Concluding Comments

This article discussed trends in general inflation and farm input prices.  Over long periods of time, farm input prices are significantly correlated with general inflation.  However, farm input prices are by no means perfectly correlated with general inflation.  Each input has its own supply and demand fundamentals.  Farm input price indices for machinery and labor were more correlated with general inflation than feed, seed, fertilizer, and fuels.

Of the input prices examined, only seed and wages had a rate of change during the last 12 months that was lower than the rate of change for general inflation.  Agricultural production items, a general index for farm input prices, increased 15.6 percent or more than double the general inflation rate.  Input prices changes for energy and fertilizer products were particularly large.  During the last 12 months, diesel prices increased 47 percent.  Increases in fertilizer prices ranged from 51 percent for diammonium phosphate to 179 percent of anhydrous ammonia.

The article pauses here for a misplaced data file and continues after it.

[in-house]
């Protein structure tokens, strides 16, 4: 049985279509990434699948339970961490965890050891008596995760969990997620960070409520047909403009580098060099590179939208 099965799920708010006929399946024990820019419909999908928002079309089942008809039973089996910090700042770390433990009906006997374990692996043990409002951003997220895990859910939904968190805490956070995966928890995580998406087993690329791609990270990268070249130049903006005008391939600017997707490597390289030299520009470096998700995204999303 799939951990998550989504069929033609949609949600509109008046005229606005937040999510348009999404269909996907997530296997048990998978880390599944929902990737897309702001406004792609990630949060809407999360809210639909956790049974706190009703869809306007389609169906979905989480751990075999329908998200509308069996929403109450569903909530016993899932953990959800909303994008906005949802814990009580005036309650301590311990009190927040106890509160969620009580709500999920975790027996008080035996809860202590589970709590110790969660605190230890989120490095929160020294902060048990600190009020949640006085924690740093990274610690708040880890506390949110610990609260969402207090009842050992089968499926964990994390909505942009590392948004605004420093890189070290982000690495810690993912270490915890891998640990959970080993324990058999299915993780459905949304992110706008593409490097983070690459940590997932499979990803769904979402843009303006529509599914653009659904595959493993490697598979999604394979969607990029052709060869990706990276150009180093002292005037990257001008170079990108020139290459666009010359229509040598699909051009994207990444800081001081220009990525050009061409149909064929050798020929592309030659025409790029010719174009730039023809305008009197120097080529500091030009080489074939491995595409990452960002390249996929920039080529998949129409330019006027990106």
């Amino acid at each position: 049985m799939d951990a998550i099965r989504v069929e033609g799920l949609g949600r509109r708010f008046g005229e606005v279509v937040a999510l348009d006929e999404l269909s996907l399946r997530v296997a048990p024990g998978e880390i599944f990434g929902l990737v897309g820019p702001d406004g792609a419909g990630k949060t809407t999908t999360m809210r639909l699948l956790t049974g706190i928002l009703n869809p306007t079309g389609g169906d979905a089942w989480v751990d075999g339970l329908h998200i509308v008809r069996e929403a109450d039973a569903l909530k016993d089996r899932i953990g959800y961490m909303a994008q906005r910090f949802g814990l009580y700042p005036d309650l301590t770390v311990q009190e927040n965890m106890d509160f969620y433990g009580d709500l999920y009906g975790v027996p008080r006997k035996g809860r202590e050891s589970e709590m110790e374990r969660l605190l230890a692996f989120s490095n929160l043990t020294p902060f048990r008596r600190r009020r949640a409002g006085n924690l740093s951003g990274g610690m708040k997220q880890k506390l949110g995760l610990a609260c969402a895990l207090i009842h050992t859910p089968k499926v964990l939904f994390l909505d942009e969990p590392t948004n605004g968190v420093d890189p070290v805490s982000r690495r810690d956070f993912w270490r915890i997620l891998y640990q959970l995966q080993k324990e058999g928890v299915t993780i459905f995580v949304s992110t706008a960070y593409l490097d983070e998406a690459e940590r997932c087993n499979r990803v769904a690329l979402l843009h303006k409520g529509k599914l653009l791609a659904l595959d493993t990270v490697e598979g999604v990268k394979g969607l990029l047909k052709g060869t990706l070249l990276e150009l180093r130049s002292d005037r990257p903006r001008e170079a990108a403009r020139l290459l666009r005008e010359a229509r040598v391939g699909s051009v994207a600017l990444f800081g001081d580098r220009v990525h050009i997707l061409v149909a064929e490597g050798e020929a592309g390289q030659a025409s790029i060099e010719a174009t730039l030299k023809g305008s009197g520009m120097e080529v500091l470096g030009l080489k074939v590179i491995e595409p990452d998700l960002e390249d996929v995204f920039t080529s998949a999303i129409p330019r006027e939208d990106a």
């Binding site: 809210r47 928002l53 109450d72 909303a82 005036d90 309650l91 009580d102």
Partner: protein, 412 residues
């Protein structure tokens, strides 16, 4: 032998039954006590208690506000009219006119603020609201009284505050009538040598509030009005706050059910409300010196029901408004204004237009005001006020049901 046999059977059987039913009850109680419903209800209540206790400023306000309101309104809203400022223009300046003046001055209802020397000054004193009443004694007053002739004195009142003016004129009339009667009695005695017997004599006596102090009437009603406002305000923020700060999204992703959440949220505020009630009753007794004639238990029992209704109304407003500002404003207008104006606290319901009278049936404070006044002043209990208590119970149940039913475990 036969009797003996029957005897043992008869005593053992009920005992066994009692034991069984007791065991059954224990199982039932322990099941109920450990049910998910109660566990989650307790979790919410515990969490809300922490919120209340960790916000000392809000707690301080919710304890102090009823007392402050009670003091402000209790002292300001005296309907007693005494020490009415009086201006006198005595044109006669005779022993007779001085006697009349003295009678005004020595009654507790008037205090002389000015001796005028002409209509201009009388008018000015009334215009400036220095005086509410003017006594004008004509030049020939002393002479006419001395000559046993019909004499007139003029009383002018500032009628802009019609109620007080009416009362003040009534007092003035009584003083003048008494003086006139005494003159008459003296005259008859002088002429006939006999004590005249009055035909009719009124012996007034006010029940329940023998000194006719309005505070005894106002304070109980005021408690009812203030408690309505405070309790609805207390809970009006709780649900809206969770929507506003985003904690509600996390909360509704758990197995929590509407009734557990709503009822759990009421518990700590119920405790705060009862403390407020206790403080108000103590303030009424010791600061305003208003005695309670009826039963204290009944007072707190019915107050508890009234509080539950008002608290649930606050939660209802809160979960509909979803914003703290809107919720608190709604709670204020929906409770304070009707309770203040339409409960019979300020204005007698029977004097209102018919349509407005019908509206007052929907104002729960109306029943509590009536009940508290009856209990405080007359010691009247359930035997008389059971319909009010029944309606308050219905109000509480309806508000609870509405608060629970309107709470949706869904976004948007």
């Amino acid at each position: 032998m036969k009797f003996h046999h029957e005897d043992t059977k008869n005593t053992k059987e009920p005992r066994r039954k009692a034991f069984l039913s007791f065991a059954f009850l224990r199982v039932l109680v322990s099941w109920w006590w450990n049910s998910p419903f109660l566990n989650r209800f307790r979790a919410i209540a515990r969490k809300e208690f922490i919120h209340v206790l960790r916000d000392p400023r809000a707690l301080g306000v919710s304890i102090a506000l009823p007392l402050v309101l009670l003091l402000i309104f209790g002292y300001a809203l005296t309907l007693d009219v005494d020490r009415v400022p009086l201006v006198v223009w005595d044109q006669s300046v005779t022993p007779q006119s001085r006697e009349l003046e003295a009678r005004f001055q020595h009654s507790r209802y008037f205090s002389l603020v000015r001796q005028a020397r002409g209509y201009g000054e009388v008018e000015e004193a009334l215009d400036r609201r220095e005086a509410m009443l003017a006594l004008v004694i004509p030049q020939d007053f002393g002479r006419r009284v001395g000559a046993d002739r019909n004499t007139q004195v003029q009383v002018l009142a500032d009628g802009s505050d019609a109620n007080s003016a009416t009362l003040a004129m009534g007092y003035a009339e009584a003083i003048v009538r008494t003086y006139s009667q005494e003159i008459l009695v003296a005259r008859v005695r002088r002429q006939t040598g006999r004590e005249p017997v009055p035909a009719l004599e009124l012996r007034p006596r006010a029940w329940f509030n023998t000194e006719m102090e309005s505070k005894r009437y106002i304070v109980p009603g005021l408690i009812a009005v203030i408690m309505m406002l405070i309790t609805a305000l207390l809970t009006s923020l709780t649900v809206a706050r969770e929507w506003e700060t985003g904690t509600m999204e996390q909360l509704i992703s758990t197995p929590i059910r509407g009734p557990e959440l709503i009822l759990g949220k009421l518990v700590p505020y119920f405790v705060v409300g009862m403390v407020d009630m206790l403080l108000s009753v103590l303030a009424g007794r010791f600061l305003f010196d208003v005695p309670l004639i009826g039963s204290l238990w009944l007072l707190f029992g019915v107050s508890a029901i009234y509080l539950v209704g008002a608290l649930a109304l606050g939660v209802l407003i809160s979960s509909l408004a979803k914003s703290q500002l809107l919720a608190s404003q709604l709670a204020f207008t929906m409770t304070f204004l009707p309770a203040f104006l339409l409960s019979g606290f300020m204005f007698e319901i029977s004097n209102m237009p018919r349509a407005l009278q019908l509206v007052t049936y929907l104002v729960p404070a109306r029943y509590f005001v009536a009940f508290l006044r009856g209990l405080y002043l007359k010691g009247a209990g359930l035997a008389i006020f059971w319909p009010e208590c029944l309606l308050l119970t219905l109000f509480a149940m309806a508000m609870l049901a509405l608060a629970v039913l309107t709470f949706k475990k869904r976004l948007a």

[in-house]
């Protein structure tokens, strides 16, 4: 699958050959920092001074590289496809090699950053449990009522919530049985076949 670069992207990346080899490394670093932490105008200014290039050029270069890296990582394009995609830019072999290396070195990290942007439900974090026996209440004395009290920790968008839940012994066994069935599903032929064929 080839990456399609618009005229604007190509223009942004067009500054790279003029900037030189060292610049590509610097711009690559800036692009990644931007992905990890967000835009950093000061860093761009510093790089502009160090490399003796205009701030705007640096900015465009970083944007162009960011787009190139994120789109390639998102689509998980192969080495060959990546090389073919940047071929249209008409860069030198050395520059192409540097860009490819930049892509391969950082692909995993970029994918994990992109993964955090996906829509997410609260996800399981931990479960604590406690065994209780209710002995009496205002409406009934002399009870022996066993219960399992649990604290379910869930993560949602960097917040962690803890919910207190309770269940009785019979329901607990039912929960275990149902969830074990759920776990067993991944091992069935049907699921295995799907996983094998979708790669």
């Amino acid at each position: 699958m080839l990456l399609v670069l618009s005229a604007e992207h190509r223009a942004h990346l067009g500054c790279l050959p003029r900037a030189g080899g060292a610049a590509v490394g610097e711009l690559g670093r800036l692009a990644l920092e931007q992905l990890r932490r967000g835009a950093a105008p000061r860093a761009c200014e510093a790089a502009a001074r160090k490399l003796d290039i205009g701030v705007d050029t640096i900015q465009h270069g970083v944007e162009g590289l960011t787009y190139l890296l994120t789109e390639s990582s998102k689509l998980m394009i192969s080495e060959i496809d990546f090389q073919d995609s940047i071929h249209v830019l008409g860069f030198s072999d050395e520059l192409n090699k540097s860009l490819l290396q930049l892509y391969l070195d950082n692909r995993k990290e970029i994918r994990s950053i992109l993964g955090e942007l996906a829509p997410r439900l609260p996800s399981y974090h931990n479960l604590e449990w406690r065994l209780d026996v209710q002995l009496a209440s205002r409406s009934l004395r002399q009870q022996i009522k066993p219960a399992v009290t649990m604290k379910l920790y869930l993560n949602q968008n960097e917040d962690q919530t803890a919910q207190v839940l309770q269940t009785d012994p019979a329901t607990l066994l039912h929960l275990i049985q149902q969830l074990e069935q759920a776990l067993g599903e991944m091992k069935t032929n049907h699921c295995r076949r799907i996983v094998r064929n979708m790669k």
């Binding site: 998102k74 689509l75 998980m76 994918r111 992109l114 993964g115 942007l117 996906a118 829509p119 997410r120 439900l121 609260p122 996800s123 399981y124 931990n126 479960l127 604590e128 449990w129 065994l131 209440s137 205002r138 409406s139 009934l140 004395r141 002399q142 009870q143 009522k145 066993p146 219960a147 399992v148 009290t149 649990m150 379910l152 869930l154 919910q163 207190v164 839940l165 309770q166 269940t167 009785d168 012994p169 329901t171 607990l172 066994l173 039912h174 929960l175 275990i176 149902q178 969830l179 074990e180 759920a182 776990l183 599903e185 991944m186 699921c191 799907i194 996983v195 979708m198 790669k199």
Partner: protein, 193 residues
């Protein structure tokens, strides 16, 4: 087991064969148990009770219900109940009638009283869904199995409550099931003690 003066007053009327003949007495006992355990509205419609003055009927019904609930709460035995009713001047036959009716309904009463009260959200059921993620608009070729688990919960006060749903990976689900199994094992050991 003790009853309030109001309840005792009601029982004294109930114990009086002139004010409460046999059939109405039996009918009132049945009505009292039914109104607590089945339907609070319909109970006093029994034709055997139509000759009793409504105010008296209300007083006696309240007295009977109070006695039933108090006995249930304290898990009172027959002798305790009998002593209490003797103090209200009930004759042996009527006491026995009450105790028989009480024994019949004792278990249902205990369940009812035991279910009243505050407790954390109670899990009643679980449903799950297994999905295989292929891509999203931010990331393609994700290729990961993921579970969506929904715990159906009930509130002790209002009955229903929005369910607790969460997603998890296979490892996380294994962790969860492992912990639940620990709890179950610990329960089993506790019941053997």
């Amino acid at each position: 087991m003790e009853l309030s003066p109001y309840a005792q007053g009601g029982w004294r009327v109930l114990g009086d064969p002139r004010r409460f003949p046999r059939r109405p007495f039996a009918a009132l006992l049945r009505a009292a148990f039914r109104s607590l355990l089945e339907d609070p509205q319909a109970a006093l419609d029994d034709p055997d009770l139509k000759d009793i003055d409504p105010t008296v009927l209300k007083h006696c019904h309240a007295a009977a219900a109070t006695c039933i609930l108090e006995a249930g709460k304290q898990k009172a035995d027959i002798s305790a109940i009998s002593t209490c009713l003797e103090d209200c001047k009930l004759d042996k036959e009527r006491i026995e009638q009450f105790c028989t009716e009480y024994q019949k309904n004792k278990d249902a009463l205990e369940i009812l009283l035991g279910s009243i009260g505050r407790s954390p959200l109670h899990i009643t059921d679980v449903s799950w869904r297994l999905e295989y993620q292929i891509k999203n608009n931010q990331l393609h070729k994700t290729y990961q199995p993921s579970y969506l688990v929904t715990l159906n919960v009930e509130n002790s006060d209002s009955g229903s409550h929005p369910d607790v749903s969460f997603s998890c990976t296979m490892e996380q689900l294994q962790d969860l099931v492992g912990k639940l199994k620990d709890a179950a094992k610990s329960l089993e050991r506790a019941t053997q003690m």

References

Federal Reserve Bank of St. Louis.  FRED Economic data, accessed on April 15, 2022.  https://fred.stlouisfed.org/

Fernando, J., M.J. Boyle, and P. Rathburn.  “Inflation.”  Investopedia, Updated January 12, 2022.  https://www.investopedia.com/terms/i/inflation.asp

Jorda, O., C. Liu, F. Nechio, and F. Rivera-Reyes.  “Why is U.S. Inflation Higher than in Other Countries?”  Federal Reserve Bank of San Francisco, Economic Letter, 2022-07, March 28, 2022.

Schnitkey, G., N. Paulson, C. Zulauf, K. Swanson, J. Colussi and J. Baltz. “Nitrogen Fertilizer Prices and Supply in Light of the Ukraine-Russia Conflict.” farmdoc daily (12):45, Department of Agricultural and Consumer Economics, University of Illinois at Urbana-Champaign, April 5, 2022.

USDA-AMS.  Illinois Production Reports, accessed on April 15, 2022.  https://fred.stlouisfed.org/

USDA-NASS.  Quick Stats, accessed on April 15, 2022.  https://quickstats.nass.usda.gov/